I never liked to memorize anything. Multiplication tables in 4th grade are my only claim to fame in that department. And that was only because we got to move up the line and get out the door faster for lunch.
I can be bribed with food.
But I do admire people who effortlessly rattle off a famous quote or a Bible verse. And I think how nice it would be to drop the perfect little set of words into a conversation and be thought of as brilliant.
My oldest son is brilliant.
He started reading the sunday funnies when he was about three and a half. He could build a Lego castle and knew his numbers, letters, colors and shapes long before he started school. Unfortunately, none of his early teachers knew this. I think he thought his brilliance was supposed to be a secret.
I suspect my home phone must have been on speed dial at the school office. I met with teachers and principals…we talked and strategized and planned to no avail. The kid just didn’t like school work.
One year he was required to memorize each state’s capital city. He didn’t want to.
I finally met with him and his teacher over this disastrous state of affairs. Teacher explained the need to memorize and that he would fail geography if he did not. I’ll never forget Ian’s response…
“why do I have to memorize the capital of each state when I can look at a map or read a book?”
He said out loud what I had only dared think my entire life.
Fortunately this teacher was fond of Ian. We lived in a small Alaskan community where bonds of friendship were strong. He was equally fond of her… but apparently not enough to do his work.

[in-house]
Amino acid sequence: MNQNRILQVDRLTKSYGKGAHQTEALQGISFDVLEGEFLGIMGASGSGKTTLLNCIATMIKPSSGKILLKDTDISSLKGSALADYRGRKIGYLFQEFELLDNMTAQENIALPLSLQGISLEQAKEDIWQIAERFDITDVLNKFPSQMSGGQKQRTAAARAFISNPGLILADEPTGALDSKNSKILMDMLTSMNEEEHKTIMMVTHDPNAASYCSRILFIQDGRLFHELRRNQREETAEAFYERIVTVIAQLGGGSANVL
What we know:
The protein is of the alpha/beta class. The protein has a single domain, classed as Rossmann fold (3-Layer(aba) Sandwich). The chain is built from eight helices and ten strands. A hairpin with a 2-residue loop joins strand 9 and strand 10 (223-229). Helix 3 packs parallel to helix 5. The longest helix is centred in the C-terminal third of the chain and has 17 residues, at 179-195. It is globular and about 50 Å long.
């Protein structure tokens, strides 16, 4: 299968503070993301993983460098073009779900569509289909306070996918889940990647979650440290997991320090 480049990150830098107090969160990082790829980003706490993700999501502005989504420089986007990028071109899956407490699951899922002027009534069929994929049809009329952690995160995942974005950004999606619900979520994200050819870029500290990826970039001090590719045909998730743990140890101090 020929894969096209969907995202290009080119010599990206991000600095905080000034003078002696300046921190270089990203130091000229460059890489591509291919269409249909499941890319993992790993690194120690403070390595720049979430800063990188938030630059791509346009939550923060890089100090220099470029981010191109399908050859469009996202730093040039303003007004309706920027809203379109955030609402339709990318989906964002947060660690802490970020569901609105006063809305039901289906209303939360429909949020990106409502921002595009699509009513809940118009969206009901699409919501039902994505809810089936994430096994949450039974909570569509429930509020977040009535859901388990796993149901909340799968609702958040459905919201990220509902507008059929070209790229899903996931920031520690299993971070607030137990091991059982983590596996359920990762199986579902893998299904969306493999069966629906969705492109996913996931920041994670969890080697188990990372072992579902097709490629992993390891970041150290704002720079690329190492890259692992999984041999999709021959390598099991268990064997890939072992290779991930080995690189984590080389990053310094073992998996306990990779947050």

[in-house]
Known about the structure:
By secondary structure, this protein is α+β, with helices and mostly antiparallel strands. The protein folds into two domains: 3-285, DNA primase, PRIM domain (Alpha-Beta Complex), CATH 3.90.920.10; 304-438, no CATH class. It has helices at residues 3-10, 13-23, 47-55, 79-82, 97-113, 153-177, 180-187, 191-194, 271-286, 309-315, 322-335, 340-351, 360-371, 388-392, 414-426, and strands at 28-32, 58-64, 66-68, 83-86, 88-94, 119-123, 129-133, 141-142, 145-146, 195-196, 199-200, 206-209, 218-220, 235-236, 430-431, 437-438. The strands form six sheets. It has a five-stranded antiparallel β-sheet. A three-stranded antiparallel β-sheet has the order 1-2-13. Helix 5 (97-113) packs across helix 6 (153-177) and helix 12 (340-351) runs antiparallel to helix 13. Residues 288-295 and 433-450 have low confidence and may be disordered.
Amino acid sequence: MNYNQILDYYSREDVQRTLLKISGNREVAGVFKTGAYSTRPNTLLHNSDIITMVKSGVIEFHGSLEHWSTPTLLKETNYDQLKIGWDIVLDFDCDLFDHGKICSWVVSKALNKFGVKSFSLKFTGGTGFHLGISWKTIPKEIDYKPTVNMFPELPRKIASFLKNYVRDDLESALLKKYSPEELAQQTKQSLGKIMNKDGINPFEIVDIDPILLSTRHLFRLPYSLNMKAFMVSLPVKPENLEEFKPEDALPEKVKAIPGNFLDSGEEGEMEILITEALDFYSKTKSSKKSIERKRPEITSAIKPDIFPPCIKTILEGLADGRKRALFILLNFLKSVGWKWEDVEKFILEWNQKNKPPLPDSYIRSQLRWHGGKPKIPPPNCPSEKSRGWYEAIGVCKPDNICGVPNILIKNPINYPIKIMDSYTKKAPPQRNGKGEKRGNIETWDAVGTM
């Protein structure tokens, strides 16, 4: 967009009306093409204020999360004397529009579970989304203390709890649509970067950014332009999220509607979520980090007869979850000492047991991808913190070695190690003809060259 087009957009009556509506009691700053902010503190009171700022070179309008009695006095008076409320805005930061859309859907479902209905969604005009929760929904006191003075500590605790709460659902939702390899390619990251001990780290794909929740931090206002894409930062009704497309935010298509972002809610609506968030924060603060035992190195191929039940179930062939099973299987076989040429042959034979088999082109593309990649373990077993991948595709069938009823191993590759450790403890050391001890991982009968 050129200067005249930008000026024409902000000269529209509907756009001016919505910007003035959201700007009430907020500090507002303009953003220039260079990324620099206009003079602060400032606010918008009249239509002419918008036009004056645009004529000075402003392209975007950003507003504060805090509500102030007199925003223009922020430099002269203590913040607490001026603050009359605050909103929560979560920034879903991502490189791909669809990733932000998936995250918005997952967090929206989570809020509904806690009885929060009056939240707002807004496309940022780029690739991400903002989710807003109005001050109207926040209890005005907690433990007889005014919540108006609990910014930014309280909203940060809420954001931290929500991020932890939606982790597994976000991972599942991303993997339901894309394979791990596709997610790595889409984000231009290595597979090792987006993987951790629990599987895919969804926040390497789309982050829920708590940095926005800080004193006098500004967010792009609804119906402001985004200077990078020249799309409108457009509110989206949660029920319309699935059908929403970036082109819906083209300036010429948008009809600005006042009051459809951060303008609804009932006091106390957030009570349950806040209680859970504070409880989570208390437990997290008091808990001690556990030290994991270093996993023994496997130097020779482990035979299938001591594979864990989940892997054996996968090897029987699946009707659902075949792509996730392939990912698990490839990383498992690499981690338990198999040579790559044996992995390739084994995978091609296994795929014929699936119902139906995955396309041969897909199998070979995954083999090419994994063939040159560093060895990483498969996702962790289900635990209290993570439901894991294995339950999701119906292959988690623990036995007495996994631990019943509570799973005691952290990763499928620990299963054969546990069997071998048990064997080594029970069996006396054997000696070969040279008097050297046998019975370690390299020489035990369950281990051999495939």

So she offered the bribe….
…if he would recite each capital city and corresponding state, she would arrange for her husband, an air force pilot, to take him on a tour of Elmendorf Air Force Base. It was an offer he couldn’t refuse and before we knew it he was off to air force heaven on a bright, sunny Saturday.
That same school year, I learned he was in danger of failing English. Soon after that revelation was the Birchwood Elementary School spelling bee. Participation was mandatory. The little brothers and I were there to cheer him on.
Ian survived round after round. His teacher was giddy. “He might just win this thing” she squealed as she grabbed my elbow, jumping up and down.
And he did.
He went on to the Alaska State Spelling Bee championship and made it to the next to the last round.
Just think… the kid who was failing English could spell like the wind.
But I digress…. back to memorization.
Now that I’m living the role of adult caregiver I find myself reeling from time to time by hurtful words slung my way… not necessarily intended to wound, but they do.
When you hear the negative repeatedly… and you’re tired… it’s easy to let it sink in and have its way with you.
So I’ve been trying to remember… what was that verse my grandma often quoted? Where is that scripture my mom shared last week? Why doesn’t any of this good stuff stick in my mind?
I’ve been regretting my lazy, non-memorizing ways.
When I’m alone and discouraged I need to be able to pick encouragement out of the air.
So I found some small index cards. And I write verses on them. And I stick them in my pockets… where I forget about them until I’ve run a load of clothes thru washer and dryer. They come out all waded and smooshed and way beyond readable.
But I won’t quit. There’s still some memorizing ability in this old brain. I’m starting with the short ones…..
“Love never fails”… 1 Corinthians 13:8
There. I like that. And no food bribes… just the satisfaction of truth and love filling my soul.